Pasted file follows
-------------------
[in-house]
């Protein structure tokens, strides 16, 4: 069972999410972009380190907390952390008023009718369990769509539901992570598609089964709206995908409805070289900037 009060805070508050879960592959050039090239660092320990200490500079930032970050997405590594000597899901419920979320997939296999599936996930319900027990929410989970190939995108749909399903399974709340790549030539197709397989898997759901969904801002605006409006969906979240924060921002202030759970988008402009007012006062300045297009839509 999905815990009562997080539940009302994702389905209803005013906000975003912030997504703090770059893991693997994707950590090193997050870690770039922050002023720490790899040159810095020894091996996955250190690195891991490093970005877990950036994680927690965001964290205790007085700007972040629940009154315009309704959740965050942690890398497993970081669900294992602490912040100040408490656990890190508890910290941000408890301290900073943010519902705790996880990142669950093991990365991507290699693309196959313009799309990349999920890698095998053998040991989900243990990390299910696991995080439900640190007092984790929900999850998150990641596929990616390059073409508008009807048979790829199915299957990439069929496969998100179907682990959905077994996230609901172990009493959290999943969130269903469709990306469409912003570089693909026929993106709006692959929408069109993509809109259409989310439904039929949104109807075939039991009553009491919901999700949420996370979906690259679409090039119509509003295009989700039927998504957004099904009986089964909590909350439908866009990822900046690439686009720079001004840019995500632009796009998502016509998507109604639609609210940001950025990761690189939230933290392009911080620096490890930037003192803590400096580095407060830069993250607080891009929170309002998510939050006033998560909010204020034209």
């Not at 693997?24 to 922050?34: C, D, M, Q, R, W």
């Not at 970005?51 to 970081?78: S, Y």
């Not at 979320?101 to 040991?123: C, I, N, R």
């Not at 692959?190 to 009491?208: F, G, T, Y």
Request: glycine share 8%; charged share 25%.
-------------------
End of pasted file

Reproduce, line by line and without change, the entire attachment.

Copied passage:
[in-house]
């Protein structure tokens, strides 16, 4: 069972999410972009380190907390952390008023009718369990769509539901992570598609089964709206995908409805070289900037 009060805070508050879960592959050039090239660092320990200490500079930032970050997405590594000597899901419920979320997939296999599936996930319900027990929410989970190939995108749909399903399974709340790549030539197709397989898997759901969904801002605006409006969906979240924060921002202030759970988008402009007012006062300045297009839509 999905815990009562997080539940009302994702389905209803005013906000975003912030997504703090770059893991693997994707950590090193997050870690770039922050002023720490790899040159810095020894091996996955250190690195891991490093970005877990950036994680927690965001964290205790007085700007972040629940009154315009309704959740965050942690890398497993970081669900294992602490912040100040408490656990890190508890910290941000408890301290900073943010519902705790996880990142669950093991990365991507290699693309196959313009799309990349999920890698095998053998040991989900243990990390299910696991995080439900640190007092984790929900999850998150990641596929990616390059073409508008009807048979790829199915299957990439069929496969998100179907682990959905077994996230609901172990009493959290999943969130269903469709990306469409912003570089693909026929993106709006692959929408069109993509809109259409989310439904039929949104109807075939039991009553009491919901999700949420996370979906690259679409090039119509509003295009989700039927998504957004099904009986089964909590909350439908866009990822900046690439686009720079001004840019995500632009796009998502016509998507109604639609609210940001950025990761690189939230933290392009911080620096490890930037003192803590400096580095407060830069993250607080891009929170309002998510939050006033998560909010204020034209």
């Not at 693997?24 to 922050?34: C, D, M, Q, R, W």
């Not at 970005?51 to 970081?78: S, Y």
């Not at 979320?101 to 040991?123: C, I, N, R």
């Not at 692959?190 to 009491?208: F, G, T, Y």
Request: glycine share 8%; charged share 25%.